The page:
This gig was a rare appearance of The Dodge Brothers in Southampton, one of few outside Lymington, away from their residency and core fanbase at the Thomas Tripp. And the intimate Platform Tavern on Southampton’s Quayside rose to the occasion, filled by an incredibly receptive audience, who at points even flowed onto the pavement outside.
This was much more than a gig, or a concert it was an event. For a start we’re talking the Royal Albert Hall, not just any old venue. We’ve got a huge crowd and you’d expect nothing more — this is Frank Zappa’s son Dweezil leading a band playing some of the most powerfully complex compositions of his father, one of the defining figures of twentieth century music. This was not any old band either but included legendary Zappa collaborators Napoleon Murphy Brock and Steve Vai!
The marketing-dream prophecy that the world would end on 06/06/06, or at least serve up some spawn of Satan for mankind to battle, provided the perfect excuse for Planet Mu heavyweights to unleash an unrelenting barrage of gabba on Brighton, providing its sinners with a fiendish night of hellish fun. This was not for the feint-hearted as the robe-wearing electronic music artists did their best to bosh dancers into submission.
These two NYC bands have toured together consistently, share a label (in the UK), guest on each other’s records and they seem quite close emotionally and sonically. TV on the Radio were the headliners in this case, but both complemented each other and members of each band cross pollinated with percussion and vocals throughout.
Their recent limited 7” single collection Fab Four Suture gave forth three tracks, the perfectly crafted introspection of “Whisper Pitch”, “Eye Of The Beholder” with it’s urgent thrash of a chorus and “Excursions into Oh A Oh”. On record “Excursions…” is a neat slice of sixties psychedelia but live it becomes a sort of cosmic disko, bringing an addictive bassline and twin horn attack of trumpet and trombone (it was preceded by Laetitia asking “Are you ready to dance?” We were very soon).
It was a great showcase for the band’s varied style that got some people jumping in delirious fashion. Mimicking Ninja’s call backs earlier in the show, the crowd demanded an encore with a chant of “G-O-T-E-A-M”. Ninja duly continued when the band returned to stage, asking “Can we use that on the new album?”. I think the Southmapton fans will be the first at the shop door if they do. Finisher “Ladyflash” enabled an emphatic rock out for all in the room as arms once again raised to the roof. Go The Go! Team!
Cult of Luna have taken their music through various explorative journeys throughout their career and new album Somewhere Along The Highway, their fourth full-length — out on Earache, holds true to their reputation for powerful and punishing epics which embrace the most ultimate of both beauty and brutality — in a similar way to fellow luminaries Neurosis and Isis.
Throughout Twin Zero’s set, almost half of The Engine Rooms’ standing area seemed taken up by the band and this was for two reasons, firstly, as mentioned before, there’s more than your average number playing in the band and, secondly, because Boris’ huge drum kit (in size of drum, not amount of drums), and mulitple stacks of amplification took up the entire small stage meaning that only the Twin Zero keyboardist could fit on it and the rest of the band played on the floor. Boris could only just fit on the stage themselves but did, and the floor slowly filled up in front of them. The support band’s line-up and sound is big and in comparison Boris’ line-up is small — but their sound was (as one of their own song title suggests) Huge — the venue felt near bursting to contain it, with those crowd members who’d situated right at the front only about a metre or two away from the speaker cabs bearing an almight brunt — and probably listening to the Japanese band’s drones for at least the whole of the night and next day because of it.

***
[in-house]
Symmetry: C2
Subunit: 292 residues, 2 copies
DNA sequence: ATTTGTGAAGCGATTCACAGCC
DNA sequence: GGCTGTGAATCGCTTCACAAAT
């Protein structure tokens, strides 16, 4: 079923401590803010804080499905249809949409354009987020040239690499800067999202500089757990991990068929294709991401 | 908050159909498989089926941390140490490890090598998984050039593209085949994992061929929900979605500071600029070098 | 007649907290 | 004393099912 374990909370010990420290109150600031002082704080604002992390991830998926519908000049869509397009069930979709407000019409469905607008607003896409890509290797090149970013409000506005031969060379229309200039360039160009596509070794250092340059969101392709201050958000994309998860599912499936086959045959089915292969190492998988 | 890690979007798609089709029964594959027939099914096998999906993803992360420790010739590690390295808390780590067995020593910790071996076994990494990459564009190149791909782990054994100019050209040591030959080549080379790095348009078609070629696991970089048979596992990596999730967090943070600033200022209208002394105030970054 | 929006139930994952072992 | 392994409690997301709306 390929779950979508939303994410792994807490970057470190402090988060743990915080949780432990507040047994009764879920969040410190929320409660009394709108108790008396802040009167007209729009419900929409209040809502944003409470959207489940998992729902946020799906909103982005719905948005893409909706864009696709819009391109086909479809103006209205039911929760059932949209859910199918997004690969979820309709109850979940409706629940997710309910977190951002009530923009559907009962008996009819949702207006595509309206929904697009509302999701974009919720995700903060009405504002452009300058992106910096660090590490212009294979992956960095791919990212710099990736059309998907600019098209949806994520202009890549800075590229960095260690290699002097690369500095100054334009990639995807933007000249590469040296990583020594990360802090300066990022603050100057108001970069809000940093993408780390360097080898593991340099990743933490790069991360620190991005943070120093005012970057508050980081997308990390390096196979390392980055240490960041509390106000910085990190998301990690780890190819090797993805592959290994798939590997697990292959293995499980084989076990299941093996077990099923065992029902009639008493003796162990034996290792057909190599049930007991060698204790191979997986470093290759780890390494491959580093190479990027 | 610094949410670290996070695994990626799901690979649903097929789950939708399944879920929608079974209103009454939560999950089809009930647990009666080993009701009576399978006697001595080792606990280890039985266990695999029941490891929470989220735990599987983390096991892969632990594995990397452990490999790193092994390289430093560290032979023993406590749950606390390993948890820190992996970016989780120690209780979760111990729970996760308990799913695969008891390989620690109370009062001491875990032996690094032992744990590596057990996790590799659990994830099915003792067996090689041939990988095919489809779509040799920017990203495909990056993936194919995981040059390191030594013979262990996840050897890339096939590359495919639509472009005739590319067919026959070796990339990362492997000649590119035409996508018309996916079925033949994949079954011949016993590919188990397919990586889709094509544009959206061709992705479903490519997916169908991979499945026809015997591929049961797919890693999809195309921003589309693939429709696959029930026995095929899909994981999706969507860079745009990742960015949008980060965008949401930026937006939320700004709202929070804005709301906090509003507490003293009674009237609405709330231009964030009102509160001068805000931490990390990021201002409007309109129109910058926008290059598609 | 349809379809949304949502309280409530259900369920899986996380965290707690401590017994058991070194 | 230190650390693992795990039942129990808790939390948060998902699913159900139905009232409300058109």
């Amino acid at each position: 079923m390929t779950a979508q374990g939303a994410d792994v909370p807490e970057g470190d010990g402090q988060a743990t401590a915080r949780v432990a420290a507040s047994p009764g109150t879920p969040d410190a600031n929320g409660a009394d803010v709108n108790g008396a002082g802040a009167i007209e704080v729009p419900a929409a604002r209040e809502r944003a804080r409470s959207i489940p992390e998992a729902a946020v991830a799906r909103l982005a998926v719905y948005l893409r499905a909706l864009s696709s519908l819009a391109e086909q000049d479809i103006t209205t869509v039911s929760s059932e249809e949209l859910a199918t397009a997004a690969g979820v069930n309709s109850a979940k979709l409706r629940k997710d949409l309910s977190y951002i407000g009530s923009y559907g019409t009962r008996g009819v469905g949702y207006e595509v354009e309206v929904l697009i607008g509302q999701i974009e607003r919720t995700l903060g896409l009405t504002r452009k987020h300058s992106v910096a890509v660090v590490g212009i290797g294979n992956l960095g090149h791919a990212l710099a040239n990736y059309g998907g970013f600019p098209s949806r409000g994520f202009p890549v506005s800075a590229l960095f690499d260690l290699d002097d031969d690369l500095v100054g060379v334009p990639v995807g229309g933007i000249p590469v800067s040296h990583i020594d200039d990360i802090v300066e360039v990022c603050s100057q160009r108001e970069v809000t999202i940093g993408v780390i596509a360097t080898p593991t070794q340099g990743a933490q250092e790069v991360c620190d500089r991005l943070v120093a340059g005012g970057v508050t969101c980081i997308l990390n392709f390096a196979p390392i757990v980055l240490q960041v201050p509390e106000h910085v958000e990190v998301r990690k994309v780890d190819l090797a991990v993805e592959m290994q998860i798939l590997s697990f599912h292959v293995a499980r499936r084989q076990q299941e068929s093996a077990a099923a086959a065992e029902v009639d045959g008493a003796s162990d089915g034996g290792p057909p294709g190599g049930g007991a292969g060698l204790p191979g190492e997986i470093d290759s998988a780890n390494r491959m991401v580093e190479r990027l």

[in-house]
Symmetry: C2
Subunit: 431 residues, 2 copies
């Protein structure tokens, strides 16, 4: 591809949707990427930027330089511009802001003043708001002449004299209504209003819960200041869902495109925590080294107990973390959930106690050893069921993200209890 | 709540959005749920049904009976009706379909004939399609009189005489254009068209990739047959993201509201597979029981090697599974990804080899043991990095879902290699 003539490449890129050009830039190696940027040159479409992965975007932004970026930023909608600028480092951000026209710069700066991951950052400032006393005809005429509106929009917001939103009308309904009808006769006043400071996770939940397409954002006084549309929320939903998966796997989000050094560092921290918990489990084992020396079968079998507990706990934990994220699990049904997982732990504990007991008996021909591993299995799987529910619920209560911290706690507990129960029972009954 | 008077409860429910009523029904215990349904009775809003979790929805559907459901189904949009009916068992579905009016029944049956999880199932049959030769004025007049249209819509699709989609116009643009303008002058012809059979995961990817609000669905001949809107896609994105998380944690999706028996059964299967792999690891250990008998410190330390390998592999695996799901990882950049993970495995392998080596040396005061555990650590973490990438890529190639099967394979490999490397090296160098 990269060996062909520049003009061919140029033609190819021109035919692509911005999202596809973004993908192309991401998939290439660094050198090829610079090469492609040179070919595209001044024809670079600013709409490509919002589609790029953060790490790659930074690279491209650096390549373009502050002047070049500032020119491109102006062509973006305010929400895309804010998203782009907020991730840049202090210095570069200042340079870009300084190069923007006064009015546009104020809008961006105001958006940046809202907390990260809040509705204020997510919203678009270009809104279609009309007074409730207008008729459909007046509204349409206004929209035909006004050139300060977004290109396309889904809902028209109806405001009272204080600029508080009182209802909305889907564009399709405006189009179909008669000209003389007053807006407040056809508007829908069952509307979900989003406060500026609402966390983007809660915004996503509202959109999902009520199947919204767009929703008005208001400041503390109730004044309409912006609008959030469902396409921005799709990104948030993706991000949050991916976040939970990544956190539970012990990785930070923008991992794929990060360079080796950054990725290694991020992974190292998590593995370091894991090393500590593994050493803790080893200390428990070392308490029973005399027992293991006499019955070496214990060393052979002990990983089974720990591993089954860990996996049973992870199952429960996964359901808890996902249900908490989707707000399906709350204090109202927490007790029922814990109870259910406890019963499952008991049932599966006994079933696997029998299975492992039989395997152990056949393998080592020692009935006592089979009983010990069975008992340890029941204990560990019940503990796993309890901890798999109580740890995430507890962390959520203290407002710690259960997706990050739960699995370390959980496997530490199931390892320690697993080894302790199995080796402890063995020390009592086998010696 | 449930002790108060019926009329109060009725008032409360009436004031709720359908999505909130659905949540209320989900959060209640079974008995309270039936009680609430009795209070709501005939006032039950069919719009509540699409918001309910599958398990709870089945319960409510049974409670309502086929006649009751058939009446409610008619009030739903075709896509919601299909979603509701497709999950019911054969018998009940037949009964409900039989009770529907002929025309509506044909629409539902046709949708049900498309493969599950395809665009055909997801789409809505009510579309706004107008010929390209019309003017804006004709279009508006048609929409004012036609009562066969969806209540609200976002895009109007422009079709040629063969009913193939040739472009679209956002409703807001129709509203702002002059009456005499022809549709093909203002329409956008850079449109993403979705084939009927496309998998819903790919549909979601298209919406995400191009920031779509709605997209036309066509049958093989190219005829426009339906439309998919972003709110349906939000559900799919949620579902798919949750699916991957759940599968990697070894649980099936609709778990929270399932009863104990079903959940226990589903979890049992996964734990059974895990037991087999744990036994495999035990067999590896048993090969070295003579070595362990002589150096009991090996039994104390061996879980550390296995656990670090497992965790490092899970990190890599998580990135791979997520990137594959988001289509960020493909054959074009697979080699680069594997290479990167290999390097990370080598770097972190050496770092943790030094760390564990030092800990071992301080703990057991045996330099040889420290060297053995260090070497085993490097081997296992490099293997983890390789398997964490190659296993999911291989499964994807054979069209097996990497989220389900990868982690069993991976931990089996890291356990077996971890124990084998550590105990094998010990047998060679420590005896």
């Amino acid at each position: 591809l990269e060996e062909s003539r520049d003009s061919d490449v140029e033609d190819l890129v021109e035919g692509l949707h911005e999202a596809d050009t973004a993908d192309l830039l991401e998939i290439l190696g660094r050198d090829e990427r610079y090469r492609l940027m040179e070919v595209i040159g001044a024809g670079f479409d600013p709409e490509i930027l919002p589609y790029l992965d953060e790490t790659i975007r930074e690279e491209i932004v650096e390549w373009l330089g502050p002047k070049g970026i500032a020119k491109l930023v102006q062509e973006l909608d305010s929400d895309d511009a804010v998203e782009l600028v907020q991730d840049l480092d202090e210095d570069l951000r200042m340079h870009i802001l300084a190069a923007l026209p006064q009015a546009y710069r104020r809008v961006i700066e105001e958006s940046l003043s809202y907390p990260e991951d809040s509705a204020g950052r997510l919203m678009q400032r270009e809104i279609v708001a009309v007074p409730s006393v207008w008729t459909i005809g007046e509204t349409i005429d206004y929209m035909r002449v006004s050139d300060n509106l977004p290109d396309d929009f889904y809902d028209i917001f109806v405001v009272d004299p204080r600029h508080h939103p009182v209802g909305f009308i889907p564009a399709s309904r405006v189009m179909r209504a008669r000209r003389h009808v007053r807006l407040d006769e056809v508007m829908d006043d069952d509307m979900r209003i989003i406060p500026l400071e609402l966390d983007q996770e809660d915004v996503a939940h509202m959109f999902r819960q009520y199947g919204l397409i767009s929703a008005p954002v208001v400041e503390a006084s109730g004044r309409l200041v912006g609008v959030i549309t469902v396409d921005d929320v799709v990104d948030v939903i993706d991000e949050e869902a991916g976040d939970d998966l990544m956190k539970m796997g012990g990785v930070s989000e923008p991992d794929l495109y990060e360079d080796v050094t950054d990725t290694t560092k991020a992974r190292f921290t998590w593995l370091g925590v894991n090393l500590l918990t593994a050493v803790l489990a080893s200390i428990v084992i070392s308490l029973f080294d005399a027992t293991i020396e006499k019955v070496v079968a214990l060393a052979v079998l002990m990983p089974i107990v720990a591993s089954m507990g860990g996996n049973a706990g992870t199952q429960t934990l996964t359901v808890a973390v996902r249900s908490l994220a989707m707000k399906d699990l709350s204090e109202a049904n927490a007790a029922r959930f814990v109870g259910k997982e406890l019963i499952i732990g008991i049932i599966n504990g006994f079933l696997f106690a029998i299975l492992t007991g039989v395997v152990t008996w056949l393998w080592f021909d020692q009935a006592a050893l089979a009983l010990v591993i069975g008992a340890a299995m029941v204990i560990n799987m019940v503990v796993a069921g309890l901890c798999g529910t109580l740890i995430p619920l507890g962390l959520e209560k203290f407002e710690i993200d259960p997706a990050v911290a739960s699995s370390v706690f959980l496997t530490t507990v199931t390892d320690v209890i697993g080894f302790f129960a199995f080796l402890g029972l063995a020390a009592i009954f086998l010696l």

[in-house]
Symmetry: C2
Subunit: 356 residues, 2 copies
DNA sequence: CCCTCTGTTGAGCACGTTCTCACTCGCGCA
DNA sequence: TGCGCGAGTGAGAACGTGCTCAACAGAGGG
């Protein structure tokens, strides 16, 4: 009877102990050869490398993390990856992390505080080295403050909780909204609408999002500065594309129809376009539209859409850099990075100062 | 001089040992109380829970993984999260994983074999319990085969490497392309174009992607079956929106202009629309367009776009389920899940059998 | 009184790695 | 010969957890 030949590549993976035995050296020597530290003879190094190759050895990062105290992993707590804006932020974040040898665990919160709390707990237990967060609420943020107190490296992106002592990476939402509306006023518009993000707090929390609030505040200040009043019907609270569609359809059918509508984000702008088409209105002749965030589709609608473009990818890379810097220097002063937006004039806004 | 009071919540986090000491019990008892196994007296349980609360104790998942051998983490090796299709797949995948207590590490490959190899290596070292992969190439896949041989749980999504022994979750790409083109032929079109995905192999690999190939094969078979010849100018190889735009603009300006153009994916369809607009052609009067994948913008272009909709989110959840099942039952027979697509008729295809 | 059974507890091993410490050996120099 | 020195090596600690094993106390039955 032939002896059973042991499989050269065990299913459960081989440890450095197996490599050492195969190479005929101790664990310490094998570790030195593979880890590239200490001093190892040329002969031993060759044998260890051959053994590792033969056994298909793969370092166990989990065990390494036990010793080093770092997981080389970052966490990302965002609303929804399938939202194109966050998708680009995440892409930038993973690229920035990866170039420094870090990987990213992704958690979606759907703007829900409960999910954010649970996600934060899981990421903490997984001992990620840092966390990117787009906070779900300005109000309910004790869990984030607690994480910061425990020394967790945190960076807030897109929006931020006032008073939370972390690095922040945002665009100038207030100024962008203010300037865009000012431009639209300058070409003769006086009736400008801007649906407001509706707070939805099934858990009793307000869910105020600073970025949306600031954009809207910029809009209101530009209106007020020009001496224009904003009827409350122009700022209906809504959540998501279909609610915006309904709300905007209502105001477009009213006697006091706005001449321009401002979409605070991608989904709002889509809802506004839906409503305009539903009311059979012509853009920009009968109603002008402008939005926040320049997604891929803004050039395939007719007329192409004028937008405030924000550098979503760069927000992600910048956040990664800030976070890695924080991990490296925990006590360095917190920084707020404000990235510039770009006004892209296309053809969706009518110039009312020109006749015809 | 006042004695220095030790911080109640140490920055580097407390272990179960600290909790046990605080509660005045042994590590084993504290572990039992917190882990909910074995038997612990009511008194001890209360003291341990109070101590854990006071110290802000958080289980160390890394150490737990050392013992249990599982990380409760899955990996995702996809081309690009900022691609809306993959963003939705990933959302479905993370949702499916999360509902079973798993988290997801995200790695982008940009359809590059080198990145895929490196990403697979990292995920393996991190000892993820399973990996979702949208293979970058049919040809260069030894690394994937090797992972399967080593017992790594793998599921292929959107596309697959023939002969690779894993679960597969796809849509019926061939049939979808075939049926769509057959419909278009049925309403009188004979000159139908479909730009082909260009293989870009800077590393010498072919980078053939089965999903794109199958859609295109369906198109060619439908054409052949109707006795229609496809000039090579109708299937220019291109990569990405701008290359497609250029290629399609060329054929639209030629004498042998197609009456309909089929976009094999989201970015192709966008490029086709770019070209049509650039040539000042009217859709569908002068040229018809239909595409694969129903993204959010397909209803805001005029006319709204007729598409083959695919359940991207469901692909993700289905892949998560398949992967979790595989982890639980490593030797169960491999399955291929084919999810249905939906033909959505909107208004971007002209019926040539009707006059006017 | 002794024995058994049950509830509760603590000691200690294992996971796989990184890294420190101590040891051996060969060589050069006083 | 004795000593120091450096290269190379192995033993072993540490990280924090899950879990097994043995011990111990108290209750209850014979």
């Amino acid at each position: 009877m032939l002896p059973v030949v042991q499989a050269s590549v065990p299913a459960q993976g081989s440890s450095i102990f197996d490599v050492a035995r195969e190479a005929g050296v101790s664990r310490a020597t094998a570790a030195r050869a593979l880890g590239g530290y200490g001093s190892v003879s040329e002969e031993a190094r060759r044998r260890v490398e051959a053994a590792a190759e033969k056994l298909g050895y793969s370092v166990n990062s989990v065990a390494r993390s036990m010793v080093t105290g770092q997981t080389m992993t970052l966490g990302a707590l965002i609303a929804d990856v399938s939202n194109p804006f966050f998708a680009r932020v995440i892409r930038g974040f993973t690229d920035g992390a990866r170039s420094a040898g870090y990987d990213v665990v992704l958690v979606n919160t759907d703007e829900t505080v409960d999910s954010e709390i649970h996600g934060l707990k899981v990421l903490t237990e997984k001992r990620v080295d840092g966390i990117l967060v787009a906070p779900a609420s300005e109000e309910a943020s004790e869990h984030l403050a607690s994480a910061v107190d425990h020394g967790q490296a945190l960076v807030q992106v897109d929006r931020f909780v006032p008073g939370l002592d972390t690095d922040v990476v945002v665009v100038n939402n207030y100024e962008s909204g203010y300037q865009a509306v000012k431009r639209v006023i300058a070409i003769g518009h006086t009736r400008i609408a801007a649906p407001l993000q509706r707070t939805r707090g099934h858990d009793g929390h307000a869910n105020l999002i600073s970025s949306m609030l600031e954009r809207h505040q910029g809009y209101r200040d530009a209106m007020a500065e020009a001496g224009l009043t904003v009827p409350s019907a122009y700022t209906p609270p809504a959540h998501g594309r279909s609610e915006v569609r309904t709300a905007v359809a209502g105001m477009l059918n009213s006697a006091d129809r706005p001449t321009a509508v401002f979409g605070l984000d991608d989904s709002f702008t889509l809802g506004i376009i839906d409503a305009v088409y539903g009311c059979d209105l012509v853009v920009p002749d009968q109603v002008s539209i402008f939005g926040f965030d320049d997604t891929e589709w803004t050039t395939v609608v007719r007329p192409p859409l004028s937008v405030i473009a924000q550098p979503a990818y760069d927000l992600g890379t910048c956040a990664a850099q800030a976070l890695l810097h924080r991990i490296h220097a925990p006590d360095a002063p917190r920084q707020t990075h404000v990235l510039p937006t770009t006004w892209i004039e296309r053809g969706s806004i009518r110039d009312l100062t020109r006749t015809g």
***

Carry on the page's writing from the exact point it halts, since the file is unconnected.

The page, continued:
The Organ were one of the so-called ‘buzz’ bands of the recent indie-industry backslap SXSW festival in Texas. This buzz must have stowed away in their guitar cases or somethig as they’ve only just released their debut (Grab That Gun) on a minor indie label but the Garage was sold out. This was possibly due to the relative hype built up around SXSW, but despite the album not been out too long here even the non-single/non-myspace tracks were afforded recognition and grand responses. So they must be doing something right.
The Concretes can be described by using many similar words to Euros Child’s: folk, indie, pop, quirky, nice… but though the acts share some sensibilities and compliment each other perfectly on the bill, the Swedish headline group are quite different. They sparkle with their special mix of traditional folk sounds, waltzes and ballads and have a great presence with their eight members. The Concrete’s sound drifts, rolls, drives and shuffles through various moods, often very emotive and rousing, sometimes haunting yet always quite comforting, the group even make a disco beat sound like it’s not really a disco beat, catching it up within their beautiful, orchestrated pop.
Anticipation seemed to be fairly high for this one — Mogwai touring Mr Beast — the album that was meant to be truer to the volume and intensity that the band’s gigs offered but album’s didn’t anymore, so what did they do? They stepped up, in green Team Mogwai tracksuits, and ploughed through most of said new album — as loud, heavy and emotive as needed, when needed — and backed that up with some classics, like the true pros their reputation suggests.
Stepping into the Concorde 2 on a rainy, wind-swept night it was not the dry and warmth that hit me, but the bone-shaking power of the dub vibes being laid down by warm-up an Iration Steppas dj set. With foundation shaking basslines rippling through my body it was useless to resist swaying to the laid back tunes the formidable soundsystem was launching out at full blast. This was to be a gig that summoned the rhythm from inside you and got everyone dancing to the same beat.